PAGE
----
And I was right. The authors delivered. More than I could have hoped for. The final stories that made the cut were sown from cloth threaded with new takes on old creatures. There were gorgons, minotaurs, ghosts, kraken, faeries, toyols and even a mummy. There were new creatures, too, beings that were inspired by old myths: the foam born, gravelings and killers with odd histories.

The authors involved in this collection searched far and wide for their new – or in some cases, very old – ‘monsters’. There was never one source of inspiration, with the depth and grit of the stories showcasing the authors’ talent.

I’m pleased to say this collection is unique, and that I was truly lucky to work with such a talented group of authors. Without them, after all, this book wouldn’t exist.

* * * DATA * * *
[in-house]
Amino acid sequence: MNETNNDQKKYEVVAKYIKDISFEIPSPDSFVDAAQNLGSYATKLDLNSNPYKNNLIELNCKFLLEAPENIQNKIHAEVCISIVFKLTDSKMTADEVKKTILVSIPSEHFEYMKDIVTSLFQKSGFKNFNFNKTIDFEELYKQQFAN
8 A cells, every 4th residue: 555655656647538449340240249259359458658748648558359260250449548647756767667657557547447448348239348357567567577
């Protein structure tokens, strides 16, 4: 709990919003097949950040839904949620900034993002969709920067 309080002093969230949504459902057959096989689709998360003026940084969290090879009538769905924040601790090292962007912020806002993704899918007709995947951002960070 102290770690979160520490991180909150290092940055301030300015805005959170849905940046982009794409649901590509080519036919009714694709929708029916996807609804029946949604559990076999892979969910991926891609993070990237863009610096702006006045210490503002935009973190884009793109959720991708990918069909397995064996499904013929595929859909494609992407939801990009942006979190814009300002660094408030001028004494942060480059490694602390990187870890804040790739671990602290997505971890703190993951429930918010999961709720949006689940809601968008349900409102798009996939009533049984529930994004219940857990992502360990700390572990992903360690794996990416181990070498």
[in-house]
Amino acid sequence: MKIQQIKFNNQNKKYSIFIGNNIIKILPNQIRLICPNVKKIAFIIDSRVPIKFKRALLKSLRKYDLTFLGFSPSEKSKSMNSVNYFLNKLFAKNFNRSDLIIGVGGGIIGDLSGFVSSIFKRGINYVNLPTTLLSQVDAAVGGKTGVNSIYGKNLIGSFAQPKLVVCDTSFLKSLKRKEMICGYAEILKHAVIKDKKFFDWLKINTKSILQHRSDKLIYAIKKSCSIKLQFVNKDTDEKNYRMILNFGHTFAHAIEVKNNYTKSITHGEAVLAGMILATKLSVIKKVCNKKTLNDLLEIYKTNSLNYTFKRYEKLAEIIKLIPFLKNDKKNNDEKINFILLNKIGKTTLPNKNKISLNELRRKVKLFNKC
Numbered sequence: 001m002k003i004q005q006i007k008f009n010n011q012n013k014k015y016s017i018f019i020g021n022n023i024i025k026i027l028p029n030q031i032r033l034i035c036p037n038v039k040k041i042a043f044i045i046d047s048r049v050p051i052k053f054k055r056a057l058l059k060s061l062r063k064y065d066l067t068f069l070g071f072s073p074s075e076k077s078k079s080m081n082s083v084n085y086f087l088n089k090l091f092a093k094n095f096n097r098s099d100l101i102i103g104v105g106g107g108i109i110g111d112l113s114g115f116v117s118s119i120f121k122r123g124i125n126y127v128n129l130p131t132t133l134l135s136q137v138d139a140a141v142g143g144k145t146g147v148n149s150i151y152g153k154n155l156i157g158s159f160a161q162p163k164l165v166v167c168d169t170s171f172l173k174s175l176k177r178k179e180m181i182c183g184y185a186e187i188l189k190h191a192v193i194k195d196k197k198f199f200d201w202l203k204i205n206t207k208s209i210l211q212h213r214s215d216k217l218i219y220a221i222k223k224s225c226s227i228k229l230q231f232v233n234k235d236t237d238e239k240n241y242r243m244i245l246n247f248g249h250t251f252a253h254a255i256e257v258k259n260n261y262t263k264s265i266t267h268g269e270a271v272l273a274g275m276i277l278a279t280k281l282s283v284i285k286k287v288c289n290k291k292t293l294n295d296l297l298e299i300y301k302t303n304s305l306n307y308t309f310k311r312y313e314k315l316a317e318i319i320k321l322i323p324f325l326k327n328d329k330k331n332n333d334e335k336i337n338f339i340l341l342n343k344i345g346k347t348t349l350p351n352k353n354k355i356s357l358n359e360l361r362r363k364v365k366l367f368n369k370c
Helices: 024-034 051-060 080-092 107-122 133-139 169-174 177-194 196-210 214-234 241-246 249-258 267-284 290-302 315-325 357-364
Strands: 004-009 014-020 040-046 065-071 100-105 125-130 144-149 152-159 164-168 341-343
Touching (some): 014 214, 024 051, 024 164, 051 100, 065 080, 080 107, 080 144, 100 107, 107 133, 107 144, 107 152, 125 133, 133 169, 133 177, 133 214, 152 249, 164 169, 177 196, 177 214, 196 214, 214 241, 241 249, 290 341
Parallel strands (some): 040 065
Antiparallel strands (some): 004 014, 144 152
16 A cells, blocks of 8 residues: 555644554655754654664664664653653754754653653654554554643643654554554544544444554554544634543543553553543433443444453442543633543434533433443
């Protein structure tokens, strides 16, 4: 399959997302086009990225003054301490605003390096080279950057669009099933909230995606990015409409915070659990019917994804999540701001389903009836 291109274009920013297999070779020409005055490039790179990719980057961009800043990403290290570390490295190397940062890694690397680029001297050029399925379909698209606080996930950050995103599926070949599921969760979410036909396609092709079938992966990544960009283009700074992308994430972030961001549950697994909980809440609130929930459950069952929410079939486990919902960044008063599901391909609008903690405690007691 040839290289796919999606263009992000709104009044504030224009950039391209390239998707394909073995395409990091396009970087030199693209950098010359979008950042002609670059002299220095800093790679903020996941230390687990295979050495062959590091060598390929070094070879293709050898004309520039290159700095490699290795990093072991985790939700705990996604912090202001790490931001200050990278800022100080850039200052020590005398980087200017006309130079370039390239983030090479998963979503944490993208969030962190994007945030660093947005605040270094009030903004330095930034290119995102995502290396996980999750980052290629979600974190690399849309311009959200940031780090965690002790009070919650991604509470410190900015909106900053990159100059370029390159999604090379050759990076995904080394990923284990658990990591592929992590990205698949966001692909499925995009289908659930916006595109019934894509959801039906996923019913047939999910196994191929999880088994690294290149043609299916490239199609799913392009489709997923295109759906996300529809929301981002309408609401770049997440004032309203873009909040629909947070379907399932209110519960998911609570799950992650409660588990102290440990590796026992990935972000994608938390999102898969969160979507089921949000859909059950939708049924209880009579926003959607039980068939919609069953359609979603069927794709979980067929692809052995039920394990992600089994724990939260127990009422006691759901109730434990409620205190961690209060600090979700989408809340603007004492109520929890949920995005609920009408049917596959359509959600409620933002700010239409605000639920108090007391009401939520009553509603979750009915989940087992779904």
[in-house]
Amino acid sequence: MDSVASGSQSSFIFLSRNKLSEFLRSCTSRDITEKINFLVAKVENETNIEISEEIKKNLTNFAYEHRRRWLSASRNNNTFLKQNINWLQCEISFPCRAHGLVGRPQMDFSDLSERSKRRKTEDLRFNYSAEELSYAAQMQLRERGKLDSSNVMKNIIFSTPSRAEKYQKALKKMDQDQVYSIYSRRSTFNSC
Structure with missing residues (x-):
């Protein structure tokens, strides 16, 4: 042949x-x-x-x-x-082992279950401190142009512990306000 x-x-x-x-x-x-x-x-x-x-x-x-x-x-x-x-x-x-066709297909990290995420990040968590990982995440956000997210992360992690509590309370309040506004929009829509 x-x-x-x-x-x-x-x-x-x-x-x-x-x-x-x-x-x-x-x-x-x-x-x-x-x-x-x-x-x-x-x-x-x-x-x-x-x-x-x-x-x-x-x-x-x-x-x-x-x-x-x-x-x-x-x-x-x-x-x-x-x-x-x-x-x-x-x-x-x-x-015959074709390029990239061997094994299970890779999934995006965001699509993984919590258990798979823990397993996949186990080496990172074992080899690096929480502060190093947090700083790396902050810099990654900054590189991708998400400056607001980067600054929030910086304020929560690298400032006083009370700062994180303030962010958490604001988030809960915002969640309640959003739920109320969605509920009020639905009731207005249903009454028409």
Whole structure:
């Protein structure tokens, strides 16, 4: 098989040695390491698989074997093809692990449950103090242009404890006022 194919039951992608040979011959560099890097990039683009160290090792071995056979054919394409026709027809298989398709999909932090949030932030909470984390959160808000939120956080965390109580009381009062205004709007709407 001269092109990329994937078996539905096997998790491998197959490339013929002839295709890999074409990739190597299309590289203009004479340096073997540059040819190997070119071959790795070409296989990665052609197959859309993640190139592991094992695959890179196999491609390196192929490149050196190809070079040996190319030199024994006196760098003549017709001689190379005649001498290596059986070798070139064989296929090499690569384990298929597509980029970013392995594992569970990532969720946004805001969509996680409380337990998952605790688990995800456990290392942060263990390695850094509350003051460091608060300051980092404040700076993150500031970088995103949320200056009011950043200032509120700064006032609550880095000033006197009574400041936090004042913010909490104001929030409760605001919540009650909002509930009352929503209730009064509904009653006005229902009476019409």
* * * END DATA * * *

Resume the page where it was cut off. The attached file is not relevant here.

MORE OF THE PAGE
Bloodstones TOC:

Dirk Flinthart – ‘The Bull in Winter’
Nicole Murphy – ‘Euryale’
Penny Love – ‘A Small Bad Thing’
Jenny Blackford – ‘A Moveable Feast’
Pete Kempshall – ‘Dead Inside’
MLD Curelas – ‘Smoke Gets In Your Eyes’
Joanne Anderton – ‘Sanaa's Army’
Richard Harland – ‘A Mother's Love’
Christine Morgan – ‘Ferreau's Curse’
Thoraiya Dyer – ‘Surviving Film’
Kat Otis – ‘And the Dead Shall be Raised Incorruptible’
Karen Maric – ‘Embracing the Invisible’
Dan Rabarts – ‘The Bone Plate’
Alan Baxter – ‘Cephalopoda Obsessia’
Erin Underwood – ‘The Foam Born’
Vivian Caethe – ‘Skin’
Stephanie Gunn – ‘The Skin of the World’

Tell Me – Richard Iorio

I met Richard at his Colonial Gothic booth during a GenCon a few years back. The name caught me, the RPG kept me, and then Richard hired me to write for him. I’ve been working off and on for Colonial Gothic ever since. My newest book with them is Colonial Gothic: Locations. I think this is a really interesting RPG and that’s why I’m pleased to present this special 12-12-12 edition of Tell Me.